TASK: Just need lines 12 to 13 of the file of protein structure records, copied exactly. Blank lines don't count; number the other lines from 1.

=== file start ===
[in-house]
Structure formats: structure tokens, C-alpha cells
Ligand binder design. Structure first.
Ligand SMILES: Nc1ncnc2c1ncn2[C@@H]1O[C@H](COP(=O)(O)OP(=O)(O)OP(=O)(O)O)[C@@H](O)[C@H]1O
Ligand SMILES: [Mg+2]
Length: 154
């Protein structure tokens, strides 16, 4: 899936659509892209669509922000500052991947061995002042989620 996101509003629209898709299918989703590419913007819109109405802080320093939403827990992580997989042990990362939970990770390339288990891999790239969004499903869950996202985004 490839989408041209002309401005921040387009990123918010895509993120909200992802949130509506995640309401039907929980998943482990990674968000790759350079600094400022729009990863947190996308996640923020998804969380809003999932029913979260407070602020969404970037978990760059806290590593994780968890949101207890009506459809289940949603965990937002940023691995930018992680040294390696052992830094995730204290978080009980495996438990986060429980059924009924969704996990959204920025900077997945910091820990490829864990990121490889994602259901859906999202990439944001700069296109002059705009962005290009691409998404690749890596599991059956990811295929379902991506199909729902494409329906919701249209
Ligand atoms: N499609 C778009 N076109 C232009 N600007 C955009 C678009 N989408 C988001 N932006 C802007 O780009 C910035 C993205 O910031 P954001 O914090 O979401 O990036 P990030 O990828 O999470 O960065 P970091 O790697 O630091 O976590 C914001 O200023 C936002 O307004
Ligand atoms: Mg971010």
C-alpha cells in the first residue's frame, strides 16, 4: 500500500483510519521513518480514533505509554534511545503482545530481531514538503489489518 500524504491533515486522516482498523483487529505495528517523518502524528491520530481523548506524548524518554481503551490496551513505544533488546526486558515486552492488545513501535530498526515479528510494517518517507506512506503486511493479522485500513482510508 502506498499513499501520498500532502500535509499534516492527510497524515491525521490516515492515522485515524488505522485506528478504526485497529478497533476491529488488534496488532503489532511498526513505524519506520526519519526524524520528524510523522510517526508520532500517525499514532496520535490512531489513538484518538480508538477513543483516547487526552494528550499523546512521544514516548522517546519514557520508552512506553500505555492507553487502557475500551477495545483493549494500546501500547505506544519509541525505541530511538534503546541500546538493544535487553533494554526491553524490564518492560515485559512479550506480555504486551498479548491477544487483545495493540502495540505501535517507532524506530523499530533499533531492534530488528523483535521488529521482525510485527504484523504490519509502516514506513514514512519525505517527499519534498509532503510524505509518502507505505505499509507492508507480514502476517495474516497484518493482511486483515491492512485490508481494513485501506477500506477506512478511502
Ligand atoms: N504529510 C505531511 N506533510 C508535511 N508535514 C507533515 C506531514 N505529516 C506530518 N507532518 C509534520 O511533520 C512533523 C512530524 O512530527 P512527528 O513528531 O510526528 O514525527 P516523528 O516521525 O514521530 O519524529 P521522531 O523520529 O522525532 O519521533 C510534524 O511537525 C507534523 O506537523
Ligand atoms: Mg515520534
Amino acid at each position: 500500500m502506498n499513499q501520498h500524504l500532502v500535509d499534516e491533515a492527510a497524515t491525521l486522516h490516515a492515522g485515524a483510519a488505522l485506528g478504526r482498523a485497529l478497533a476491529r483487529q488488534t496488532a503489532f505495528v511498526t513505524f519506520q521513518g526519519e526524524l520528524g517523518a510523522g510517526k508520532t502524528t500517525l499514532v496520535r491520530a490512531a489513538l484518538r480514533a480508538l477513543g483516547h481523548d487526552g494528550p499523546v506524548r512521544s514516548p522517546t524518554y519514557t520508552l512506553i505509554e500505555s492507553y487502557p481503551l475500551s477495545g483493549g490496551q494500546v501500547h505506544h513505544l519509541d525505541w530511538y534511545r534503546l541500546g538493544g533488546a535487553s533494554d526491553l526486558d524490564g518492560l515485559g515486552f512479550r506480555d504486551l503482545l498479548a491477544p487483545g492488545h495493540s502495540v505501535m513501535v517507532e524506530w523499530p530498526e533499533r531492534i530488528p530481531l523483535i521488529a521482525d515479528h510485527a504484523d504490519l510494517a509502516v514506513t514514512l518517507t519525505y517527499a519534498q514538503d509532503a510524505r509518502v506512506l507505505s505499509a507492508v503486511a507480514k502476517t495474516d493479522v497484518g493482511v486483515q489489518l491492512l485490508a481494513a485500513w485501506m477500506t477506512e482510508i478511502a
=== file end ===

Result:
Ligand atoms: Mg515520534
Amino acid at each position: 500500500m502506498n499513499q501520498h500524504l500532502v500535509d499534516e491533515a492527510a497524515t491525521l486522516h490516515a492515522g485515524a483510519a488505522l485506528g478504526r482498523a485497529l478497533a476491529r483487529q488488534t496488532a503489532f505495528v511498526t513505524f519506520q521513518g526519519e526524524l520528524g517523518a510523522g510517526k508520532t502524528t500517525l499514532v496520535r491520530a490512531a489513538l484518538r480514533a480508538l477513543g483516547h481523548d487526552g494528550p499523546v506524548r512521544s514516548p522517546t524518554y519514557t520508552l512506553i505509554e500505555s492507553y487502557p481503551l475500551s477495545g483493549g490496551q494500546v501500547h505506544h513505544l519509541d525505541w530511538y534511545r534503546l541500546g538493544g533488546a535487553s533494554d526491553l526486558d524490564g518492560l515485559g515486552f512479550r506480555d504486551l503482545l498479548a491477544p487483545g492488545h495493540s502495540v505501535m513501535v517507532e524506530w523499530p530498526e533499533r531492534i530488528p530481531l523483535i521488529a521482525d515479528h510485527a504484523d504490519l510494517a509502516v514506513t514514512l518517507t519525505y517527499a519534498q514538503d509532503a510524505r509518502v506512506l507505505s505499509a507492508v503486511a507480514k502476517t495474516d493479522v497484518g493482511v486483515q489489518l491492512l485490508a481494513a485500513w485501506m477500506t477506512e482510508i478511502a